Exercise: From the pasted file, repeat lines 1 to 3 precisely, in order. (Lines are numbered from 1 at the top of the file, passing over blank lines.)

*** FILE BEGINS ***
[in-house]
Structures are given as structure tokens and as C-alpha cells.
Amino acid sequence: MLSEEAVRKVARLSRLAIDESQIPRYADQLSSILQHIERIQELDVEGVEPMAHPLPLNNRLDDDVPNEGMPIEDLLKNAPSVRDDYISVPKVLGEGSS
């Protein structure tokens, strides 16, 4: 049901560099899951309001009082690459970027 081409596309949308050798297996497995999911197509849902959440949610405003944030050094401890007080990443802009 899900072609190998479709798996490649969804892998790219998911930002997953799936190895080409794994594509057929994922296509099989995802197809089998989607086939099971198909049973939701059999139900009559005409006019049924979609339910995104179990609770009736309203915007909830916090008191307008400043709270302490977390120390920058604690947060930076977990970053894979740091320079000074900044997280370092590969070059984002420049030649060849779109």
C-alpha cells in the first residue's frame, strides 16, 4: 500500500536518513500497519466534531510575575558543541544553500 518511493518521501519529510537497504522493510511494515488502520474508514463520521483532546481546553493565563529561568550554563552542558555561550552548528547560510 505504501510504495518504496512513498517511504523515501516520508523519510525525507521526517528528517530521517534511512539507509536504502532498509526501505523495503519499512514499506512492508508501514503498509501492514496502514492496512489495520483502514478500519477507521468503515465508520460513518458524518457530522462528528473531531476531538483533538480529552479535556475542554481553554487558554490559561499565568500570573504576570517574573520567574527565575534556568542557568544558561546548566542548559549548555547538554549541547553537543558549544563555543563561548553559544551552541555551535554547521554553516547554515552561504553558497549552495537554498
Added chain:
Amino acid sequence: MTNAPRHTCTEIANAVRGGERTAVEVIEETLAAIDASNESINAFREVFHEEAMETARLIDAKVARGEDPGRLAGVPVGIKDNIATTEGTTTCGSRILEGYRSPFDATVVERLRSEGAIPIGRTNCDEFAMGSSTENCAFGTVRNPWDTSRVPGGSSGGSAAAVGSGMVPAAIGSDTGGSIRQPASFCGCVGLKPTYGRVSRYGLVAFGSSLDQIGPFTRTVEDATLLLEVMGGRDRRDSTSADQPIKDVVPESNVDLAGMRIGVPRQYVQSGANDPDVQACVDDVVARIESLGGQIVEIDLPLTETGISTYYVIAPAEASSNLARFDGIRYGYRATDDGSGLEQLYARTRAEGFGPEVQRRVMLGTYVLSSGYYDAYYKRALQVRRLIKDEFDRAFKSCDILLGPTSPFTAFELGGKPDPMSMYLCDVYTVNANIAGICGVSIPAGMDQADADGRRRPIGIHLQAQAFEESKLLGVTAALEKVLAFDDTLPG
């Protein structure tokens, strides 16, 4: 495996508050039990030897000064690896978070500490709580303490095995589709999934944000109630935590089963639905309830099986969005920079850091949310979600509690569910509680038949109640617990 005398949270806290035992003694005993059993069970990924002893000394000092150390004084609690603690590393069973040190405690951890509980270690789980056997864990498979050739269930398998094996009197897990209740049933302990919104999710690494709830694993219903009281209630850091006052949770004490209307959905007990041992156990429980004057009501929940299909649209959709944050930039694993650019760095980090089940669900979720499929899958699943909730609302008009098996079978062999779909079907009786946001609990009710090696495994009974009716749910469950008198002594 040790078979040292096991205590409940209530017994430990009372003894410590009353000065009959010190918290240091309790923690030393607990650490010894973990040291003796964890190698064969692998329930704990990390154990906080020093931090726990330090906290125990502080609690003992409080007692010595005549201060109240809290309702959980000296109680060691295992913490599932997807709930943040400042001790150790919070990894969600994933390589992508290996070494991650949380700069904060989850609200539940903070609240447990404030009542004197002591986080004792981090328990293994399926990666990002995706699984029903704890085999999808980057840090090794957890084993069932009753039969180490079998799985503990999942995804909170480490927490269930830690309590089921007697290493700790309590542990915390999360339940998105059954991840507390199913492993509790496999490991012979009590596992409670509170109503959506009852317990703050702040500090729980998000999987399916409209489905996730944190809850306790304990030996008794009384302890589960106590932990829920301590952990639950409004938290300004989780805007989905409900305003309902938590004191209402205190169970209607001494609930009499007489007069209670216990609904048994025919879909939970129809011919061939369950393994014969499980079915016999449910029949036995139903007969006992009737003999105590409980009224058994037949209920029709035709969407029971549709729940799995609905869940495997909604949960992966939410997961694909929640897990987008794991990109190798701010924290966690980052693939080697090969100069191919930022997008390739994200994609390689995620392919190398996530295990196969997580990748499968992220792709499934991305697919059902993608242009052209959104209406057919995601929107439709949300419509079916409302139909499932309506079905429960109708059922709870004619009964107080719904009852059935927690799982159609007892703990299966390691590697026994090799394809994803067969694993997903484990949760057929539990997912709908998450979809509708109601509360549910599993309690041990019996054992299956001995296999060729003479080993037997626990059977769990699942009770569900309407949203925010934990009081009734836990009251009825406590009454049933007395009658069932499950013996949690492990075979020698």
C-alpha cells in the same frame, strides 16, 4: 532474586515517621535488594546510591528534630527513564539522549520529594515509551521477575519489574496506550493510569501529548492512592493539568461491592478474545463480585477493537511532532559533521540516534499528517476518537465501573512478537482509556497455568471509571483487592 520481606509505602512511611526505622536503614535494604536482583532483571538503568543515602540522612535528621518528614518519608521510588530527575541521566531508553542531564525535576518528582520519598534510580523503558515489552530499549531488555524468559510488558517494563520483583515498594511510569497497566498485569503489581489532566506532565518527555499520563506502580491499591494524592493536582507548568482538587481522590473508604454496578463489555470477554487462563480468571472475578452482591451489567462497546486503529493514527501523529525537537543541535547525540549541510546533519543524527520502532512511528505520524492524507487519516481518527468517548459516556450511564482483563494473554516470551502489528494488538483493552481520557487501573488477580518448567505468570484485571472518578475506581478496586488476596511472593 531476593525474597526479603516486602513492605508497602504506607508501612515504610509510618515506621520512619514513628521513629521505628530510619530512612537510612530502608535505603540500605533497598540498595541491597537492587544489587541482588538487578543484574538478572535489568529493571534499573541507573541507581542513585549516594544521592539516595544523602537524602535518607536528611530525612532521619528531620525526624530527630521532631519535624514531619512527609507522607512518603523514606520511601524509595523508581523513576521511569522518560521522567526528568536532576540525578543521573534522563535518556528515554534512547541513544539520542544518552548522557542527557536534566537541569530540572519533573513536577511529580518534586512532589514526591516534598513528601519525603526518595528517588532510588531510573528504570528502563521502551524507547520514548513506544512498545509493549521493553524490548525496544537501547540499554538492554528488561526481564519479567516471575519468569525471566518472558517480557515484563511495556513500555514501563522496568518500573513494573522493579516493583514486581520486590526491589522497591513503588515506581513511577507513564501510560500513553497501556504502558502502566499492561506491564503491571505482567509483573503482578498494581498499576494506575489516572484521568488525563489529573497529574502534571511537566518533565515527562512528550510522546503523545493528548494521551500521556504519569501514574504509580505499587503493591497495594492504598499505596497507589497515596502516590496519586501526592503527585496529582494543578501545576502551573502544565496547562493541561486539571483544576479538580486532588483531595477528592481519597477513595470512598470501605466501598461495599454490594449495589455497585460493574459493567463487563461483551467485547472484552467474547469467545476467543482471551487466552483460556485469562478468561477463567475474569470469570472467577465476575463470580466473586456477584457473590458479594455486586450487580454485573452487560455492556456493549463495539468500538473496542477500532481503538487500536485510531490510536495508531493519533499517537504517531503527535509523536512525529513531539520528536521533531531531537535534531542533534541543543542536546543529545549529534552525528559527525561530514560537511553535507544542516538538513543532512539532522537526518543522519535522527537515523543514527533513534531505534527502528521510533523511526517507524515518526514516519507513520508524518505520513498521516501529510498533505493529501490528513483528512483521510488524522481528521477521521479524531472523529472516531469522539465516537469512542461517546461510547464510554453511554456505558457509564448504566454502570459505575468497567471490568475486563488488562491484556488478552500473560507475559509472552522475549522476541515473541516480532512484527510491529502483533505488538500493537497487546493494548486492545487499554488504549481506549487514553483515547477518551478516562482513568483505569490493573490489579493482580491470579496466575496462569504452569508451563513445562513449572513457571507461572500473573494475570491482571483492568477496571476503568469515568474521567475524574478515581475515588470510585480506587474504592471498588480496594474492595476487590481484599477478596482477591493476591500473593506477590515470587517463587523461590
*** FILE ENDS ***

[in-house]
Structures are given as structure tokens and as C-alpha cells.
Amino acid sequence: MLSEEAVRKVARLSRLAIDESQIPRYADQLSSILQHIERIQELDVEGVEPMAHPLPLNNRLDDDVPNEGMPIEDLLKNAPSVRDDYISVPKVLGEGSS